Sucrose octapropionate

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Sucrose octapropionate
Sucrose octapropionate.png
Names
IUPAC name
1,3,4,6-Tetra-O-propionyl-β-D-fructofuranosyl 2,3,4,6-tetra-O-propionyl-α-D-glucopyranoside
Other names
sucrose octapropanoate, octapropionyl sucrose
Identifiers
3D model (JSmol)
ChemSpider
  • Key: PGIIRNKNDYWWSN-ZRCJJVNESA-N
  • InChI=1S/C36H54O19/c1-9-22(37)45-17-20-30(49-25(40)12-4)32(51-27(42)14-6)33(52-28(43)15-7)35(48-20)55-36(19-47-24(39)11-3)34(53-29(44)16-8)31(50-26(41)13-5)21(54-36)18-46-23(38)10-2/h20-21,30-35H,9-19H2,1-8H3/t20-,21-,30-,31-,32+,33-,34+,35-,36+/m1/s1
  • O=C(O[C@H]1[C@H](O[C@H](COC(=O)CC)[C@@H](OC(=O)CC)[C@@H]1OC(=O)CC)O[C@@]2(O[C@@H]([C@@H](OC(=O)CC)[C@@H]2OC(=O)CC)COC(=O)CC)COC(=O)CC)CC
Properties
C36H54O19
Appearance colorless crystalline solid
Density 1.185 g/L [1]
Melting point 45.4 °C (113.7 °F; 318.5 K)[1]
Boiling point 280–290 °C (536–554 °F; 553–563 K) at 0.05 torr [2]
less than 0.1 g/L
Solubility ethanol, isopropanol, toluene, acetone[1]
Except where otherwise noted, data are given for materials in their standard state (at 25 °C [77 °F], 100 kPa).

Sucrose octapropionate is a chemical compound with formula C
36
H
54
O
19
or (C
3
H
5
O
2
)
8
(C
12
H
14
O
3
)
, an eight-fold ester of sucrose and propionic acid. Its molecule can be described as that of sucrose C
12
H
22
O
11
with its eight hydroxyl groups HO– replaced by propionate groups H
3
C–CH
2
–CO
2
–. It is a crystalline colorless solid.[1] It is also called sucrose octapropanoate or octapropionyl sucrose.

History[edit]

The preparation of sucrose octapropionate was first described in 1933 by Gerald J. Cox and others.[1]

Preparation[edit]

The compound can be prepared by the reaction of sucrose with propionic anhydride in the melt state[1] or at room temperature, over several days, in anhydrous pyridine.[3]

Properties[edit]

Sucrose octapropionate is only slightly soluble in water (less than 0.1 g/L) but is soluble in many common organic solvents such as isopropanol and ethanol, from which it can be crystallized by evaporation of the solvent.[3][4]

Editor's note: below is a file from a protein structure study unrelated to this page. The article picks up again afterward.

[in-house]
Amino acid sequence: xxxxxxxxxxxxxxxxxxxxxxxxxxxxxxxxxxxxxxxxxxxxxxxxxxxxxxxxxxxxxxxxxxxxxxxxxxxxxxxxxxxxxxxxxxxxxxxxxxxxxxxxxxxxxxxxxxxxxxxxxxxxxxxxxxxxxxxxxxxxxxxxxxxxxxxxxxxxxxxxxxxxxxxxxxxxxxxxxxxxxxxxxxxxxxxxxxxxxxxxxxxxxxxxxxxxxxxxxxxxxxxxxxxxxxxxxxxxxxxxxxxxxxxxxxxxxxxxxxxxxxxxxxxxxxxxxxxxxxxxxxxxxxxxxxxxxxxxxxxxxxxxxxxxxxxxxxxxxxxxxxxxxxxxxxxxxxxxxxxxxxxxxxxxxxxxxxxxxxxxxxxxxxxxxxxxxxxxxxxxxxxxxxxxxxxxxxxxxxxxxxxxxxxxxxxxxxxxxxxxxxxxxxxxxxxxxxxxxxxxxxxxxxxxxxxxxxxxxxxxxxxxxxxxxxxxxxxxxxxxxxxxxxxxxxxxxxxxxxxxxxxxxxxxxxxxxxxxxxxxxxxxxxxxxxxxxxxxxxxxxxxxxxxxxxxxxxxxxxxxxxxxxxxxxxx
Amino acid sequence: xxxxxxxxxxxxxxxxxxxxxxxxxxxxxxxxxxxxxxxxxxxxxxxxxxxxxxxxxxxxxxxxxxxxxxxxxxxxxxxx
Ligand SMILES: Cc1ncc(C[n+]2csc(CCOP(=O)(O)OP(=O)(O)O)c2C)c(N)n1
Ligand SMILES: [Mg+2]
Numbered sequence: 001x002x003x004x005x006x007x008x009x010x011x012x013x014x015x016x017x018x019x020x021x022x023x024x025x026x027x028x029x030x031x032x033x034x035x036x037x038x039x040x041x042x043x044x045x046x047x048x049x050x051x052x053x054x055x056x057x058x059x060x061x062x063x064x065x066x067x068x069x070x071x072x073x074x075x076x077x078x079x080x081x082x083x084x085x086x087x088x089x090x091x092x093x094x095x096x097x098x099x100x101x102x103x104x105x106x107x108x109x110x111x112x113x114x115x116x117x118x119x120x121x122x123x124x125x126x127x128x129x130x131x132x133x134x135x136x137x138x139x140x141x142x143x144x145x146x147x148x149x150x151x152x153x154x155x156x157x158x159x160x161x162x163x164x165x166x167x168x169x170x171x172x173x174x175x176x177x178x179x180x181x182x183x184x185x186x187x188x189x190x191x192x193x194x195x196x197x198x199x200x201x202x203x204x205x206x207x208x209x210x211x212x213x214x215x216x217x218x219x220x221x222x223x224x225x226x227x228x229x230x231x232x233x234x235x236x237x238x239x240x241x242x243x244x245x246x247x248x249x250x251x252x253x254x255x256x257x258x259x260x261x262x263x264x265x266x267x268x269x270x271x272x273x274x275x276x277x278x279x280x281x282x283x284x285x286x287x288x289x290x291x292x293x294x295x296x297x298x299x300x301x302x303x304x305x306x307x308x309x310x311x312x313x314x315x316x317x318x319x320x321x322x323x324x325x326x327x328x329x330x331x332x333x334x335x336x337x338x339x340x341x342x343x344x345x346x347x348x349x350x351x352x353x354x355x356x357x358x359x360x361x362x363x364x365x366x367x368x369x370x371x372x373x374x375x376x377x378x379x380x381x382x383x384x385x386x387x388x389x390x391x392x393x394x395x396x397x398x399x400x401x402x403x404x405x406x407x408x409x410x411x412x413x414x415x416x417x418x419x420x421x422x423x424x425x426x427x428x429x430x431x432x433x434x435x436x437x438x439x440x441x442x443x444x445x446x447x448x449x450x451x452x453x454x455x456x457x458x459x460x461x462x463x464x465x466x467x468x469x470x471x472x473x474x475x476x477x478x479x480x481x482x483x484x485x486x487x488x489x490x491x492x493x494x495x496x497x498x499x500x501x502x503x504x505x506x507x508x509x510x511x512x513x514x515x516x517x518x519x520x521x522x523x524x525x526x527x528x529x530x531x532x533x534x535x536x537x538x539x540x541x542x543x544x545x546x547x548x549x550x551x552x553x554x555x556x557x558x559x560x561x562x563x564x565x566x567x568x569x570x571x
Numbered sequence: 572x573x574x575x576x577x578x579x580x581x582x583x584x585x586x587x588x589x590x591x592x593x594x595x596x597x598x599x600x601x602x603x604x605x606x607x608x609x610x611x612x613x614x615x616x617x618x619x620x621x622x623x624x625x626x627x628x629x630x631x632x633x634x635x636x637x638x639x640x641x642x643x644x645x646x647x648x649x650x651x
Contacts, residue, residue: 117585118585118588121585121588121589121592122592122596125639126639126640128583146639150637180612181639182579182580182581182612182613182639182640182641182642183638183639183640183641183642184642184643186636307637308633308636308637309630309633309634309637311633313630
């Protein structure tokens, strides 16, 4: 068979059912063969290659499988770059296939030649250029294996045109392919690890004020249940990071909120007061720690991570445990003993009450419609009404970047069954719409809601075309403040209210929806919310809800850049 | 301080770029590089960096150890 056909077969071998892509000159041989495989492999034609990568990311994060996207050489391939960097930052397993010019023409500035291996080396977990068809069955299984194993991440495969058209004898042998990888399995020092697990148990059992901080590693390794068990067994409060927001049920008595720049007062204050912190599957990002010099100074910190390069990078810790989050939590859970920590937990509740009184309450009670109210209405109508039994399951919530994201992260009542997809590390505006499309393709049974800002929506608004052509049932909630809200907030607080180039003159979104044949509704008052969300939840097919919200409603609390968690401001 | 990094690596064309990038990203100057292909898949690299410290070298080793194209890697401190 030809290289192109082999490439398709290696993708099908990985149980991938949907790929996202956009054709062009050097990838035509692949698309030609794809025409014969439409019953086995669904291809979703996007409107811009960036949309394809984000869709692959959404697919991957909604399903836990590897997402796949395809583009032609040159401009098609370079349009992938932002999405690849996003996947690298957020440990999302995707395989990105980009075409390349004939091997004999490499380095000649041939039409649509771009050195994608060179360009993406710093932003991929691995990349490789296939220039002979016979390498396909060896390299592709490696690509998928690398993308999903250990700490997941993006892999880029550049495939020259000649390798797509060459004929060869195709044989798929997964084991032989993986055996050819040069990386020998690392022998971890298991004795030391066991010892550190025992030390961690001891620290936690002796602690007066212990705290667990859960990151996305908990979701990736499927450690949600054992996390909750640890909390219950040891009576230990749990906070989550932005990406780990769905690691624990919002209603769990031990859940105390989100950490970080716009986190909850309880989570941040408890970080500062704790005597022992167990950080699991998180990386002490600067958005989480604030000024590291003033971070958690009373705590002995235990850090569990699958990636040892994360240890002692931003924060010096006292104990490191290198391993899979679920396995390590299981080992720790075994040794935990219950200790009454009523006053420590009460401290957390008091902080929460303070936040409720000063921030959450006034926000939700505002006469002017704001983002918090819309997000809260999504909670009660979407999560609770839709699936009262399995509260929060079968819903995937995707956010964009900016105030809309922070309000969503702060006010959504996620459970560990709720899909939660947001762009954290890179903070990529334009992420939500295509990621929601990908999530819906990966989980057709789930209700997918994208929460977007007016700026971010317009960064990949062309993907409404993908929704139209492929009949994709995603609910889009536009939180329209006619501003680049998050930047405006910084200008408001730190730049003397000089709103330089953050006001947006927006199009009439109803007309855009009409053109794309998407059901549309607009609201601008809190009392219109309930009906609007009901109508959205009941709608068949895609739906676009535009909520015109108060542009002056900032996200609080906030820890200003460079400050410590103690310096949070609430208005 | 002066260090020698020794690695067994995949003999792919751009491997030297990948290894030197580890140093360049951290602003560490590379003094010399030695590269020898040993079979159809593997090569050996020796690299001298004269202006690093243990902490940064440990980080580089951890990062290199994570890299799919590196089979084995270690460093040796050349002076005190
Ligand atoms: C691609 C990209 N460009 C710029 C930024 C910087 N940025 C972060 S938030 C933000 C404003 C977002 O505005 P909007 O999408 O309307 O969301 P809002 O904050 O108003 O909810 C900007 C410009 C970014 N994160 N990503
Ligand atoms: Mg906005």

The crystalline form melts at 45.4–45.5 °C into a viscous liquid (47.8 poises at 48.9 °C), that becomes a clear glassy solid on cooling, but easily recrystallizes.[1][3]

The density of the glassy form is 1.185 kg/L (at 20 °C). It is an optically active compound with [α]20D +53°.[3]

The compound can be vacuum distilled at 280–290 °C and 0.05 to 0.07 torr.[2]

Applications[edit]

Distillation of fully esterified propionates has been proposed as a method for the separation and identification of sugars.[2]

While the crystallinity of the pure compound prevents its use as a plasticizer it was found that incompletely esterified variants (with 1 to 2 remaining hydroxyls per molecule) will not crystallize, and therefore can be considered for that application.[5]

See also[edit]

References[edit]

  1. ^ a b c d e f g Cox, Gerald J.; Ferguson, John H.; Dodds, Mary L. (1933). "III. Technology of Sucrose Octaauml;cetate and Homologous Esters". Industrial & Engineering Chemistry. 25 (9): 968–970. doi:10.1021/ie50285a006.
  2. ^ a b c Hurd, Charles D.; Liggett, R. W. (1941). "Analytical Separation of Sugars by Distillation of their Propionates". Journal of the American Chemical Society. 63 (10): 2659–2662. doi:10.1021/ja01855a041.
  3. ^ a b c d Hurd, Charles D.; Gordon, K. M. (1941). "Propionyl Derivatives of Sugars". Journal of the American Chemical Society. 63 (10): 2657–2659. doi:10.1021/ja01855a040.
  4. ^ Hurd, Charles D.; Liggett, R. W.; Gordon, K. M. (1941). "Distillation of Sugar Propionates at Low Pressures". Journal of the American Chemical Society. 63 (10): 2656–2657. doi:10.1021/ja01855a039.
  5. ^ George P Touey and Herman E Davis (1962) "Non-crystallizing sucrose lower fatty acid esters and compositions thereof" U.S. Patent 3,057,743.